You can reach Rich Tandler by email at WarpathInsiders@comcast.net
Things are extremely quiet at Redskins Park right now. The
players are resting, recovering and, in some cases, rehabbing after the long
season (well, not as long as some expected it to be). Joe Gibbs and company
finished their after-season review and are vacationing and recharging their
batteries. The beat writers are among the media throng in Miami trying to get
anyone associated with either team to say anything interesting. So far, no
In short, things are pretty slow. That’s about to change,
There is guaranteed to be some Redskins news on Saturday.
Art Monk either will or will not get elected to the Pro Football Hall of Fame.
Either way, it’s news. Of course, should he fail to get in that would be the
“dog bites man” kind of news—nothing new. For the last five years he has made
it to where he is now, to the 15 finalists (it’s 17 this year) who will be up
for discussion when the august body that carries the title of The Pro Football
Hall of Fame Board of Selectors meets. His name has yet to be read when the
list of enshrinees is called off.
I’ve tried a few times over the past week to work up an
article about the subject, but everything that can be said about Monk’s
qualifications has already been said many, many times over.
The word is that Monk has a better chance this year at least
in part because Peter King of Sports Illustrated has gone from being one of the
main Monk detractors on the board to being a Monk supporter. He could well pull
some other past “no” votes along with him. This, along with the fact that there
are no obvious, slam-dunk candidates on the ballot this year (other than Monk,
of course, but evidently not everyone sees it that way) could help him get enshrined
Working against Monk’s chances is the fact that there will
be one less representative from Washington in the room this year. For the past
two selection meetings Michael Wilbon was an at large member of the board, Len
Shapiro was the designated Washington representative and David Elfin of the
Washington Times was on the board representing the Pro Football Writers
Association. Now Wilbon is gone, Shapiro is in an at large role and Elfin is the
DC writer on the board.
None of this should matter since the man who once
simultaneously held the records for most receptions in a career and the most
receptions in a single season, the man was a critical component of a team that
made five NFC title games, won four of those games and won three Super Bowls,
the man who epitomized everything that coaches, fans, and teammates would want
in a football player should be the ultimate no-brainer selection. But it does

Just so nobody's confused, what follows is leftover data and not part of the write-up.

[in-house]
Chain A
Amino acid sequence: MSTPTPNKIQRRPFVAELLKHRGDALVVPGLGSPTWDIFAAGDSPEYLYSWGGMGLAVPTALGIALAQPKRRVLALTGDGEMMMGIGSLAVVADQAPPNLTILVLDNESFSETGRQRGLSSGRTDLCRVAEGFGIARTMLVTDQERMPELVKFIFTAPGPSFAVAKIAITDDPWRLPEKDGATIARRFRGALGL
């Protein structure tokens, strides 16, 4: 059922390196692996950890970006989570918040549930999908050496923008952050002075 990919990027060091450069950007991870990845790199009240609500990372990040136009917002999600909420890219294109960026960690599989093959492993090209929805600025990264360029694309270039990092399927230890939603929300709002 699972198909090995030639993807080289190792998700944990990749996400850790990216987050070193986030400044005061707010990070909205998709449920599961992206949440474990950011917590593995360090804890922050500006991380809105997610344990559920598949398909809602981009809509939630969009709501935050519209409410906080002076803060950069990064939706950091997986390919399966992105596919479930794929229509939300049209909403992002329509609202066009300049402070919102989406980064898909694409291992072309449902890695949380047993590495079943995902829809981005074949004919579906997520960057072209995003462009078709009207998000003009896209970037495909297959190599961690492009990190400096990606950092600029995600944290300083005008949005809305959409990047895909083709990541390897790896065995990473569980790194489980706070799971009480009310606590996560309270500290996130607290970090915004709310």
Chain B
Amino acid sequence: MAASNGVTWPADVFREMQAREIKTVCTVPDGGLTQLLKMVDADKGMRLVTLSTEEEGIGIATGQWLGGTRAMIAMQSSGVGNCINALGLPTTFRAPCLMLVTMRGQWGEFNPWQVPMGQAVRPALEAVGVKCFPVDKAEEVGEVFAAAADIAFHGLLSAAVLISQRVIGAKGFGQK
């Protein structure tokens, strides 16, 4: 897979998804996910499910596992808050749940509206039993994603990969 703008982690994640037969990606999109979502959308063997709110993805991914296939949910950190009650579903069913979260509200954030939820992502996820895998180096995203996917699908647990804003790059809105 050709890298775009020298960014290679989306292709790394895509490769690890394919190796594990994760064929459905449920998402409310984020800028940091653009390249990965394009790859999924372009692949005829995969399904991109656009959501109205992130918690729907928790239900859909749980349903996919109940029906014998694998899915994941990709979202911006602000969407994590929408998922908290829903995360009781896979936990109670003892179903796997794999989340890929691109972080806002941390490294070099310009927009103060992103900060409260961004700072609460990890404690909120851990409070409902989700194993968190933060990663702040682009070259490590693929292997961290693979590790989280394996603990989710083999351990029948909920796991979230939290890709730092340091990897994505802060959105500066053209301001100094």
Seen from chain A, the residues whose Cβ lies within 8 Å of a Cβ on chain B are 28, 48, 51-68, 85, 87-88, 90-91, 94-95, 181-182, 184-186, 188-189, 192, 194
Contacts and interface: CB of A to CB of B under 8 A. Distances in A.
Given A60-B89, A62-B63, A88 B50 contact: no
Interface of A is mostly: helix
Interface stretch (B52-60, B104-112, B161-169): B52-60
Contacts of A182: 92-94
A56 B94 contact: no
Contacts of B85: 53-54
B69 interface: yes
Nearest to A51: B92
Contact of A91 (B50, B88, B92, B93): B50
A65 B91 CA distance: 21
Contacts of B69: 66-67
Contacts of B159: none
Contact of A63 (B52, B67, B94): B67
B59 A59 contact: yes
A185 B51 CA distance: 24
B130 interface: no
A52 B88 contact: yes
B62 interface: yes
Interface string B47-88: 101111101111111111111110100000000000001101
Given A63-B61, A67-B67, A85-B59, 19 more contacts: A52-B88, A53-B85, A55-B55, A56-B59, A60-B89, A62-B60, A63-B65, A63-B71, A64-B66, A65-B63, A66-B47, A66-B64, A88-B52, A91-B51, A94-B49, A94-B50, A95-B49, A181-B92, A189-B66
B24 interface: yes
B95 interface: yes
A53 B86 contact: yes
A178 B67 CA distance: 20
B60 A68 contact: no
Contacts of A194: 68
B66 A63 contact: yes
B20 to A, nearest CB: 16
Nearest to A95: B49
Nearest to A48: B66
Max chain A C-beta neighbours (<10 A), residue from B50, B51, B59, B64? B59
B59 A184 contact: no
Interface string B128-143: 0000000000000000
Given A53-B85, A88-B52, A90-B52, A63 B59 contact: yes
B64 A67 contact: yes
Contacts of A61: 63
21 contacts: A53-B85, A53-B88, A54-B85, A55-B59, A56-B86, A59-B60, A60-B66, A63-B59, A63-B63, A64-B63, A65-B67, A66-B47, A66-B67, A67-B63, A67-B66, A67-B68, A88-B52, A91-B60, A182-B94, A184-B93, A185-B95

matter as the it appears that the stars will have to be aligned just right for
Monk to get his visage cast in bronze to be unveiled this August.
If I had to bet I’d say that things will fall into place and
he’ll get in this time, but I wouldn’t be shocked to see him miss out on the
final cut to seven possibilities either.
Russ Grimm also is on the Hall’s short list. Had he gotten
the nod for a head coaching job the increased visibility might have boosted his
dark horse candidacy. As it is we’ll probably have to wait at least another
year for the first Hog to make it to the Hall.
Sometime in the week or so after the Super Bowl the coaches
will reconvene in Ashburn and will make decisions that will have considerably
more long-term impact on the Redskins than the HOF selectors will. Last year
some very strange thoughts came out of these meetings, disastrously strange.
Notions like, “We will do whatever it takes to land Adam Archuleta,” and, “A
third and a fourth for Brandon Lloyd? What a steal!” Hopefully whatever was in
the water in Ashburn last March has cleared up and they will go back to making more
rational decisions like bringing in Marcus Washington and Cornelius Griffin and
making deals for Clinton Portis and Santana Moss.
They need to get a cornerback and Redskins One is already
plotting a course for Buffalo or wherever Nate Clements will be at the stroke
of midnight on March 1. It says here that they won’t be able to get him. Sure,
the Skins could clear out enough cap space to sign him to a standard, big money
free agent deal. But most NFL teams have in excess of $10 million of free cap
space, some have over $30 million free. It seems that everyone needs a corner
and it would be very easy for a rival suitor—say, the Dallas Cowboys who are in
need of a quality cornerback—to front load a deal to the point where the Skins
would be extremely strapped to match it.
Before free agency starts on March 1 the scouting combine will
be held in Indianapolis. The Redskins have draft picks in the first, fifth,
sixth, and seventh rounds. The top pick is the sixth overall and that is where
the focus of the speculation will be. Assuming that nothing unexpected
transpires at the combine and/or at the University of Michigan’s Pro Day, the
speculation here is that the pick will the Wolverine defensive tackle Alan Branch. Teamed with end Andre Carter he will give the Redskins a solid pass
rushing duo on the line, one inside and one outside.
Rich Tandler is the
author of The Redskins From A to Z, Volume 1: The Games. This unique book
has an account of every game the Redskins played from when they moved to
Washington for the 1937 season through 2001. For details and ordering
information go to http://www.RedskinsGames.com
For complete, detailed Redskins salary cap information
visit the CPND
cap information center, compiled by resident capologist Robert Large.